Unethical accounting practices can put a company, and its accounting firm, at the center of attention. California Micro Devices Corp (referred to hereafter as Cal Micro) was a chip manufacturer that decided to write off half its accounts receivables in August of 1994. This announcement not only negatively impacted their stock price, but it also triggered an investigation which uncovered many unethical accounting practices. One example of such practices included faking product shipments so that sales could be booked. By midsummer 1994, as much as 70% of quarterly revenue was false. The company had ignored early warnings, such as their auditor Price Waterhouse LLP telling them they had weak internal controls. After announcing their 1994 write off another audit took place by Coopers & Lybrand. While Coopers feels that their audit followed best practice, the SEC argued they missed many red flags. Due to this oversight, the SEC attempted to bar the two Coopers audit leads from ever signing off again on public company audits. There were many unethical practices that led to this situation. In the end, the Coopers auditors left to pursue other careers and the company hired Ernst & Young to re-audit their books. This led to the 1995 restatement of 1994 results. Ethical Analysis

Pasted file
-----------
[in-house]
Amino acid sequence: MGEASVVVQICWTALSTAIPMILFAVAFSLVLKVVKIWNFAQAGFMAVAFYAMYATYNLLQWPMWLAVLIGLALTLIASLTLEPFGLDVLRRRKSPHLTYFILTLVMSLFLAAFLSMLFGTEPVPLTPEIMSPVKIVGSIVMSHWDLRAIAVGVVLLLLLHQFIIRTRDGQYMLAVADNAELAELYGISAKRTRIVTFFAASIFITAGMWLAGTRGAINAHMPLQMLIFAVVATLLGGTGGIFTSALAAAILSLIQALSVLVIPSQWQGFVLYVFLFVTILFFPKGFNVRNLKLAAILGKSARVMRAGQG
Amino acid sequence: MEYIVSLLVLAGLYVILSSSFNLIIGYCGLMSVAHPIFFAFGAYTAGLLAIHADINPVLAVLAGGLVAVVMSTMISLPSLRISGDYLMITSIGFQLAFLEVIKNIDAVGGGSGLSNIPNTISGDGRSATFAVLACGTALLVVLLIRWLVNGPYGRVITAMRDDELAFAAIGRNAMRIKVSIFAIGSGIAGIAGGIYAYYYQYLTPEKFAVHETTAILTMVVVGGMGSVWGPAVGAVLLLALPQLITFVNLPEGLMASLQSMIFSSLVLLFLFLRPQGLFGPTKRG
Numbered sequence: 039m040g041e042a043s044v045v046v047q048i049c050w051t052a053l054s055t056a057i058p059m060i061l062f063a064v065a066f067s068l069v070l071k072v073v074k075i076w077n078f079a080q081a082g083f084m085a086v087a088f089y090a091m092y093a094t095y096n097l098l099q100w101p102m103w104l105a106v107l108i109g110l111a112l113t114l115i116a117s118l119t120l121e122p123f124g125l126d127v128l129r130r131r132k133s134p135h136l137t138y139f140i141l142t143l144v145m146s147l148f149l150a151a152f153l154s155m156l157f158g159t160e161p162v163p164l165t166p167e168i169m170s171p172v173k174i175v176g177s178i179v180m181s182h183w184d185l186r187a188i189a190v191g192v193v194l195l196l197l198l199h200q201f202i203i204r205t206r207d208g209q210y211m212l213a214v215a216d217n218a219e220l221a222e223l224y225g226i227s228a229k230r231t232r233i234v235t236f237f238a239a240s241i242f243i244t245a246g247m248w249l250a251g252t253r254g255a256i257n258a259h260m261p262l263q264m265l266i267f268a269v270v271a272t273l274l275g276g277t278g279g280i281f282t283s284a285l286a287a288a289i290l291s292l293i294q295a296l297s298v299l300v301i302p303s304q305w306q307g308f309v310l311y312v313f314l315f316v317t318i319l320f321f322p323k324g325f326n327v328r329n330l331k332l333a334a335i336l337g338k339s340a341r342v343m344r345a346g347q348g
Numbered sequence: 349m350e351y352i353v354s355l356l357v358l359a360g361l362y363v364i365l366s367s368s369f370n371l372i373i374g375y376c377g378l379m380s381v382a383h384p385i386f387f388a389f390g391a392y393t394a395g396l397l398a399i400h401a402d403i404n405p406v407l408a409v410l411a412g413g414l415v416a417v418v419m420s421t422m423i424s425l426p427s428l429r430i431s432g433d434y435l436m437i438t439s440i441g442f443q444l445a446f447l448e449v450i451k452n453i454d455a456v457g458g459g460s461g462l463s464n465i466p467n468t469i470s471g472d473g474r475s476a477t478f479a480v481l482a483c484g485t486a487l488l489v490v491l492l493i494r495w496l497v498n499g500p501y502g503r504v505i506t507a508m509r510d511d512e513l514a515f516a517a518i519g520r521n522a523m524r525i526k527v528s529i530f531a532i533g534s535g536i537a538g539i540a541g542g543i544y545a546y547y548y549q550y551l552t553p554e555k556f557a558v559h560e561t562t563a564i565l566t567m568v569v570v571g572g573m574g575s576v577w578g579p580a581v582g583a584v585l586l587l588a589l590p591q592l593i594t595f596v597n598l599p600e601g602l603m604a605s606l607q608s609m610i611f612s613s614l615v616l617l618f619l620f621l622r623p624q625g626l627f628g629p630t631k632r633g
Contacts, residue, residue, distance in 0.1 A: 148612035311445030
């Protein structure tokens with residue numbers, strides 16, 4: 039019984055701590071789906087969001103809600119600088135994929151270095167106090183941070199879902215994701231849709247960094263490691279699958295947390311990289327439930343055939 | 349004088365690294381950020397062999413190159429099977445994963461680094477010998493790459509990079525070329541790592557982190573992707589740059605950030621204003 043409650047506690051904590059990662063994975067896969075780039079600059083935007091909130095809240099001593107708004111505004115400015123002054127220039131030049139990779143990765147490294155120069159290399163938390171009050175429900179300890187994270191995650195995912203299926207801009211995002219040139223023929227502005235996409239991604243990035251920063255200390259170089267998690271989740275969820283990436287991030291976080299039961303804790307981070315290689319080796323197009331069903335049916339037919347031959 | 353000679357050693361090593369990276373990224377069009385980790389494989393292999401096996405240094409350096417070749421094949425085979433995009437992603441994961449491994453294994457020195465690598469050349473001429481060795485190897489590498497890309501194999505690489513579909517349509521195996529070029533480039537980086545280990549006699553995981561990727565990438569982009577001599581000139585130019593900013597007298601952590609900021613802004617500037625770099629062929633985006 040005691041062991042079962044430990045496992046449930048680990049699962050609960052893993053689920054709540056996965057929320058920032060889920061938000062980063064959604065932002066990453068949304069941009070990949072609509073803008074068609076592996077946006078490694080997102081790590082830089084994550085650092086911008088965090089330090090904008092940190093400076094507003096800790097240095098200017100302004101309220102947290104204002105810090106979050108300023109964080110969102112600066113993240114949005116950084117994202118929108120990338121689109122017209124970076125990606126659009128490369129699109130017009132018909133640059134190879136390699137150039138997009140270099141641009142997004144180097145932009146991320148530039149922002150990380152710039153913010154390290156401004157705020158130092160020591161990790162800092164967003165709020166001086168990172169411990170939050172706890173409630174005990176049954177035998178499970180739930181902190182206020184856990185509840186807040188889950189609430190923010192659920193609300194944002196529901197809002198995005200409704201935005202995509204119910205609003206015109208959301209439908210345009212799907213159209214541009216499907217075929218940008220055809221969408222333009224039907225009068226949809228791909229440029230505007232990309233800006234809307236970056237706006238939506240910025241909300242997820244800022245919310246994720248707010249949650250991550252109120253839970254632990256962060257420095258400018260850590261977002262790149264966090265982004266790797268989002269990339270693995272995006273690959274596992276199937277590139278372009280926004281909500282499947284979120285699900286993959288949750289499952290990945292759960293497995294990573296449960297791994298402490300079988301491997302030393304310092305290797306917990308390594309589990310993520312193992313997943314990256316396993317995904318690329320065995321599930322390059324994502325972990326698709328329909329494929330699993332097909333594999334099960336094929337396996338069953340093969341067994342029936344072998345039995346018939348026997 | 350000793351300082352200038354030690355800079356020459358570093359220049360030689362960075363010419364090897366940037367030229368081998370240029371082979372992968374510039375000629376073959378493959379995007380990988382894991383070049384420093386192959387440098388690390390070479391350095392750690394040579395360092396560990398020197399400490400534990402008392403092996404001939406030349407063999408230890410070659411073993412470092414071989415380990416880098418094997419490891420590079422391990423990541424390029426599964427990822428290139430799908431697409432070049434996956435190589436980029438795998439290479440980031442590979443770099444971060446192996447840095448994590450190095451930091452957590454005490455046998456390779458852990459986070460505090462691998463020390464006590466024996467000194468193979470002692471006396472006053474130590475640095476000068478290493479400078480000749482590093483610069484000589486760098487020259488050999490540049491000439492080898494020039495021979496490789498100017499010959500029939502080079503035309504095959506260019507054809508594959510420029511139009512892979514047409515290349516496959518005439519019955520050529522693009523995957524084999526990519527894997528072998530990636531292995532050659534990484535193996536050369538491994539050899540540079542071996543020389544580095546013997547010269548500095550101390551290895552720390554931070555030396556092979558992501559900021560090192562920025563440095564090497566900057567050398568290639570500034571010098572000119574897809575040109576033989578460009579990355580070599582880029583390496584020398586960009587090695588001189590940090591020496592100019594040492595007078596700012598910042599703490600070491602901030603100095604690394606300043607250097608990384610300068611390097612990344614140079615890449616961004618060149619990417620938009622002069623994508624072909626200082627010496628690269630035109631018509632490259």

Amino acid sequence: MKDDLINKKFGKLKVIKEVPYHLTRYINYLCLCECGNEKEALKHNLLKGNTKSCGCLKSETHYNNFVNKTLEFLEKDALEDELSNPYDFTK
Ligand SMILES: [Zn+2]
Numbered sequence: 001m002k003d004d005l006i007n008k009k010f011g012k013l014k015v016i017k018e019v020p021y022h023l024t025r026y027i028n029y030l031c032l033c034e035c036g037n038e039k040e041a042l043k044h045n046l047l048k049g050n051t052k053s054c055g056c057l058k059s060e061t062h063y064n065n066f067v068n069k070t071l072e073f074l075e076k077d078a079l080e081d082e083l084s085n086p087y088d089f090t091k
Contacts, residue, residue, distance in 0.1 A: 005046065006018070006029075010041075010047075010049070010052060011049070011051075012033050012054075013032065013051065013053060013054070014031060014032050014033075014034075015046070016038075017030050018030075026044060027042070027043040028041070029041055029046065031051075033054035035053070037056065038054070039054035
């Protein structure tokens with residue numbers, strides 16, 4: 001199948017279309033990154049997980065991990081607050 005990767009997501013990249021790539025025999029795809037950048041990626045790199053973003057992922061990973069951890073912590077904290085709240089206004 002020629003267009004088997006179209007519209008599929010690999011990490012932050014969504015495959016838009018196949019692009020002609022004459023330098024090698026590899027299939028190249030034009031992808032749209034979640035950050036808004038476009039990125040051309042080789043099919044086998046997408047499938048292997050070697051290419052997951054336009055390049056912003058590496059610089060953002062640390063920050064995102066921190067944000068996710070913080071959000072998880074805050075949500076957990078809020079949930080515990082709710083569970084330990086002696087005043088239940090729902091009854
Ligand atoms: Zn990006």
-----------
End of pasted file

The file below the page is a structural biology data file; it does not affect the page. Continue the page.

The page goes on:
Emphasis on short term results
When employees are put in a situation that is focused on short term results, it can cause unethical behavior because there is pressure to produce results. The article mentioned that Cal Micro managers had aggressive revenue goals. The pressure of reaching short term revenue goal created a situation that bred unethical behavior. Managers over-reached what should have been considered a “sale” by booking revenue for products shipped before customers wanted them. Managers also failed to reverse the sale once the product was returned. Furthermore, they paid distributors “handling fees” to...